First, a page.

For Vasile Ladislau Pop, the expulsion from Blaj (1845) was a major turning point in his professional career. Sent by his father to study theology to become a priest, but expelled by his bishop because of divergent opinions, Vasile L. Pop decided to abandon his clerical career for good to pursue a legal career. That was the moment in which he promised his father that he would only return home when he “arrived at the right hand of the Emperor”. Consequently, in the same year 1845, he enrolled in law studies at the Royal Board (Court of Appeal) in Târgu Mureș, which he graduated in 1848, obtaining a lawyer’s diploma. He began his career in Reghin, where he had met the young Elena Olteanu in 1846, and married her in the autumn of 1848. From the very beginning of his legal career, he benefited from the support of the Olteanu family and their relatives, which made it easier for young Vasile L. Pop to enter the intellectual circles of Transylvania. Vasile L. Pop’s in-laws, a family of merchants, enjoyed a good reputation in the area, and Elena’s maternal uncle, also a merchant, openly assumed his support for the two. 

In 1849, Vasile L. Pop was appointed district commissioner in Reteag (Bistrița County), and shortly afterward, legal advisor at Bistrița Justice Court. It was the beginning of an ascending administrative-political career, which took him, in the next two decades, to the highest positions and dignities held by a Transylvanian Romanian until then. After working as a legal advisor in Bistrița (1852) and as a legal advisor at the Supreme Court in Sibiu (1854), he was promoted to a legal advisor at the Ministry of Justice in Vienna (1859). The peak of his career came in the years of the “liberal thaw” at the beginning of the seventh decade of the nineteenth century, when he was named vice-president of the Transylvanian Government and president of the Transylvanian Supreme Court. In 1863, he was appointed private councilor of the Emperor. He was only 45 years old at the time and had managed, thanks to the superior education he had benefited from and to the support of his parents-in-law’s family, to take up some of the highest state positions held by a Romanian up to that point. He also participated as a deputy in the proceedings of the Transylvanian Diet in Sibiu, in 1863 and 1864. In that capacity, he helped to draft laws meant to establish rights for the Romanians, which were going to be equal with those of the other nations inhabiting Transylvania.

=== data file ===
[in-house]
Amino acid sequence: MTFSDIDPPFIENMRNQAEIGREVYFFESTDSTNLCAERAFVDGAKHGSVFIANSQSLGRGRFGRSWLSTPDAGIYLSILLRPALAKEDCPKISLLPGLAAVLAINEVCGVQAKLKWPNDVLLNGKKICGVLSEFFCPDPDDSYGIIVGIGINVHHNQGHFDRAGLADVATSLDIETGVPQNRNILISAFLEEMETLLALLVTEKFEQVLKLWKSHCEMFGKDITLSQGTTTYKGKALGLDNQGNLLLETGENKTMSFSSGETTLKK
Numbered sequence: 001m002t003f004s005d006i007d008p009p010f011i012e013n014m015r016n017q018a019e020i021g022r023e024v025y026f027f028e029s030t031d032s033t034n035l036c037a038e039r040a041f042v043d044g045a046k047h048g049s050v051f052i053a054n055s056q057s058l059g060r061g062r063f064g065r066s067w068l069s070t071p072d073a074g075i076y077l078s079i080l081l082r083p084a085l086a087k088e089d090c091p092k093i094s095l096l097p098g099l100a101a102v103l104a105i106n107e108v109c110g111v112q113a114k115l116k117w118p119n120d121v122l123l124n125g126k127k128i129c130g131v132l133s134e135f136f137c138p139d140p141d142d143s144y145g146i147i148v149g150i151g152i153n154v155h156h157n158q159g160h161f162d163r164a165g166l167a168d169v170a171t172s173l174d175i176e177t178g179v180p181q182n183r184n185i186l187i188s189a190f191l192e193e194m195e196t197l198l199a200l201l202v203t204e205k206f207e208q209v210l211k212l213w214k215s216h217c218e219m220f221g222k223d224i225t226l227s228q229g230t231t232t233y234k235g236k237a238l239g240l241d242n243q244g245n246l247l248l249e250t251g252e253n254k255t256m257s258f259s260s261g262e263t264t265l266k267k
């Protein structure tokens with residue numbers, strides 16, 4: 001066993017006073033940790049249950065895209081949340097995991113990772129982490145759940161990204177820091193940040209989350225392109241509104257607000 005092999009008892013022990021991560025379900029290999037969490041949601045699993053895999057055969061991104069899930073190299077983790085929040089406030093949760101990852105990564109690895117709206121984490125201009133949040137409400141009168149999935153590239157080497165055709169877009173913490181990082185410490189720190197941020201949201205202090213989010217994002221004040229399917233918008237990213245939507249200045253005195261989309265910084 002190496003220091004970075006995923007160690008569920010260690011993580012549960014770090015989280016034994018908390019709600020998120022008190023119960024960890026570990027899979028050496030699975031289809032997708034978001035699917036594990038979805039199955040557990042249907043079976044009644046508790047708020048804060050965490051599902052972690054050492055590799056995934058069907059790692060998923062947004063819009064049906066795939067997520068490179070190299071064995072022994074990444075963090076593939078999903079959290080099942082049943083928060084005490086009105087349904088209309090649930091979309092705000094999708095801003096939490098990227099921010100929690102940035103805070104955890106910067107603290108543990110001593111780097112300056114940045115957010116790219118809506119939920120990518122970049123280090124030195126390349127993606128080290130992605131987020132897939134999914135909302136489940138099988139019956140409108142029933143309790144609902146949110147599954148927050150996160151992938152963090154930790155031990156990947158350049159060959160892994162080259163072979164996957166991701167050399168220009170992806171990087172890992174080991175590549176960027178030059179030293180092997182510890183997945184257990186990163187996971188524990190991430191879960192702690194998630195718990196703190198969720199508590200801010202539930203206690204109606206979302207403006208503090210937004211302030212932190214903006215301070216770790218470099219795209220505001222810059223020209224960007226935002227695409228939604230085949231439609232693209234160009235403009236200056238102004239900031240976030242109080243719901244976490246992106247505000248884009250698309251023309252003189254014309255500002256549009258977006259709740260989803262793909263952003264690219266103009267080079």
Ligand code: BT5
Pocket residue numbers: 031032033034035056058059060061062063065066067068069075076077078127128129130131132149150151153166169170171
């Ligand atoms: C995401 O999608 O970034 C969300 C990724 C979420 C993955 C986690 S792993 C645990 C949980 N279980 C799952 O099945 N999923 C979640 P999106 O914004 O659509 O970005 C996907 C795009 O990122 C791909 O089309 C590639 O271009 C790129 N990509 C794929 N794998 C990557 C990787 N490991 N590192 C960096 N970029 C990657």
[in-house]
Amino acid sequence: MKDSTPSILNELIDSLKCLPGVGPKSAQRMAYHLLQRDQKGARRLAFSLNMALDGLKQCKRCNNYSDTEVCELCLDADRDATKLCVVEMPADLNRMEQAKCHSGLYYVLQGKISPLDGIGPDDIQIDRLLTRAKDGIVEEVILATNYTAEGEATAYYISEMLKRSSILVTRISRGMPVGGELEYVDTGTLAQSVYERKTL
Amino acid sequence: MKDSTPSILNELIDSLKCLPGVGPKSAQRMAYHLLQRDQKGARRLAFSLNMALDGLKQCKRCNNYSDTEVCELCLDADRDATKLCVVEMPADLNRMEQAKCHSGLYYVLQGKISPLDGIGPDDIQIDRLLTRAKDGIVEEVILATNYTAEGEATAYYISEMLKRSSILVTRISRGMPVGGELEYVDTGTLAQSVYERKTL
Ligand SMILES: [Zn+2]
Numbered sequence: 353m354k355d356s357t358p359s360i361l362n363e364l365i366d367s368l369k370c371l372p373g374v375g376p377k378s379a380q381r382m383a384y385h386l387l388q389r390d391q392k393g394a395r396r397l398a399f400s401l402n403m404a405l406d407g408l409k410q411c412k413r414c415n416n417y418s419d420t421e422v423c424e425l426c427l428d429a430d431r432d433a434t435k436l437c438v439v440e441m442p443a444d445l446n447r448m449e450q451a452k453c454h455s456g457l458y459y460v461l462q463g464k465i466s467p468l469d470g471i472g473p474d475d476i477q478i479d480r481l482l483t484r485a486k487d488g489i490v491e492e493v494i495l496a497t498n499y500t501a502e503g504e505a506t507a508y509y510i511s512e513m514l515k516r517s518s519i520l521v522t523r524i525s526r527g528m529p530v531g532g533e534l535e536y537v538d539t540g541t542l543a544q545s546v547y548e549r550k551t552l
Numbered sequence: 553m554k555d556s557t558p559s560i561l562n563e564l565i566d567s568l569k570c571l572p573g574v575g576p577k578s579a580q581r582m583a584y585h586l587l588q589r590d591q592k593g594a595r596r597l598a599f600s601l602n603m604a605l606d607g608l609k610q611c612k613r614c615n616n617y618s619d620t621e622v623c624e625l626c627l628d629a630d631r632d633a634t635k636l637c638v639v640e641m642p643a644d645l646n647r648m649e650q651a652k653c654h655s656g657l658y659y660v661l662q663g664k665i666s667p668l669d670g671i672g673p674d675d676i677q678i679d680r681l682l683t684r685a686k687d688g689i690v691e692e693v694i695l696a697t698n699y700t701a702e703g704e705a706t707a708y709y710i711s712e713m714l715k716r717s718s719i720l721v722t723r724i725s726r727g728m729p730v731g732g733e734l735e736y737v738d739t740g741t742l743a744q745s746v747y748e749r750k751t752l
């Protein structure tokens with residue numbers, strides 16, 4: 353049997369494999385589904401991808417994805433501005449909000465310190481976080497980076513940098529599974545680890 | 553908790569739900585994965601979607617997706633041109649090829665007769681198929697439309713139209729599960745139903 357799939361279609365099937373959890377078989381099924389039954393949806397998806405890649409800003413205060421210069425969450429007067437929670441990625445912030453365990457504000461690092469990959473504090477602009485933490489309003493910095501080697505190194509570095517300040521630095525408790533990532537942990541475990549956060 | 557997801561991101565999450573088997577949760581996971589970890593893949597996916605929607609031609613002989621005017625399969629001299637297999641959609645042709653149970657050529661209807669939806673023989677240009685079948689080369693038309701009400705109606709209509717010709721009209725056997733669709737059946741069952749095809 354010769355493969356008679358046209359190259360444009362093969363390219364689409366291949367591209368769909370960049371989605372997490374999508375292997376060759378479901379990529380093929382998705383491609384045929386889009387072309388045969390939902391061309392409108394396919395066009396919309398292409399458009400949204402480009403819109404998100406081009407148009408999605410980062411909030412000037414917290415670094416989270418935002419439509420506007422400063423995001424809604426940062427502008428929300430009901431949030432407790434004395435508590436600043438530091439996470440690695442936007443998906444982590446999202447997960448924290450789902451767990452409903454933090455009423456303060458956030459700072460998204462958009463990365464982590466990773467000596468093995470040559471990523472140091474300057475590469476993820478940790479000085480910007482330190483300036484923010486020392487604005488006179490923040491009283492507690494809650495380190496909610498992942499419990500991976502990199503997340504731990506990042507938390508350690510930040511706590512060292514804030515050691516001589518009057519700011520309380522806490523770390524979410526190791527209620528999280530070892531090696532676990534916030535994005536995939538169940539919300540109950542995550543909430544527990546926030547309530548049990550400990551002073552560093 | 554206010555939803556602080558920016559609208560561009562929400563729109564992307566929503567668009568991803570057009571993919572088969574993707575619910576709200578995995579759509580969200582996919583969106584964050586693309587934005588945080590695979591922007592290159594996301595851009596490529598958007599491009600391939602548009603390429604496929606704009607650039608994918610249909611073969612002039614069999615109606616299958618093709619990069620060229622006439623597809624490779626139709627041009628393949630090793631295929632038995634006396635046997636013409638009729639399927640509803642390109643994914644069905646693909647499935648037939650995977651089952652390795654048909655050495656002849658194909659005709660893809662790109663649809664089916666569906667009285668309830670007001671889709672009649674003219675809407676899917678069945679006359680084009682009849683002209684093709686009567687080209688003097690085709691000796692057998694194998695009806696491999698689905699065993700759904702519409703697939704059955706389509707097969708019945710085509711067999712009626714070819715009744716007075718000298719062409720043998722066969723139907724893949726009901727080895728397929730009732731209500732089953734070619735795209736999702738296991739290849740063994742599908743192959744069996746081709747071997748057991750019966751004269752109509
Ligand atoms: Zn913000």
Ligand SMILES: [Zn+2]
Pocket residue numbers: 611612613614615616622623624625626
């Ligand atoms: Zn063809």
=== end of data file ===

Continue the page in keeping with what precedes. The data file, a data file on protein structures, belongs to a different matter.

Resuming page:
With the signing of the Austro-Hungarian Compromise of 1867, Vasile L. Pop was designated vice-president of the Court of Cassation in Budapest, a position he held until the end of his life. Moreover, in recognition of his merits in the service of the Romanians of Transylvania, in 1868, he was elected chairman of the Astra Association (Transylvanian Association for Romanian Literature and the Culture of the Romanian People). He died on February 17, 1875, in Budapest, and was buried in Reghin, in the Olteanu family crypt. 

The case of Vasile L. Pop is a good example of the social mobility of an individual who, coming from a priestly family, left this socio-professional category and pursued a legal career, which propelled him to the top of the political pyramid of Transylvania in the years of Austrian neoliberalism. Pop’s marriage to Elena Olteanu, her family’s support, and the kinship networks created around this family contributed to his social ascent.

 

Bibliography: 

Federațiunea, 11–12, MDCCCLXXV, 9/21 February 1875, 33.

Transilvania. Foia Asociațiunii transilvane pentru literatura și cultura poporului român, 5, VIII, 1 March 1875, 49–51. 

Nicolae Comșa, Dascălii Blajului. Seria lor cronologică cu date bio-bibliografice (Blaj: Tipografia Seminarului, 1940). 

Elie Dăian, Al doilea președinte al Asociațiunii: Vasile L. bar. Pop 1819–1875 (Sibiu: Editura “Asociațiunii”, 1925).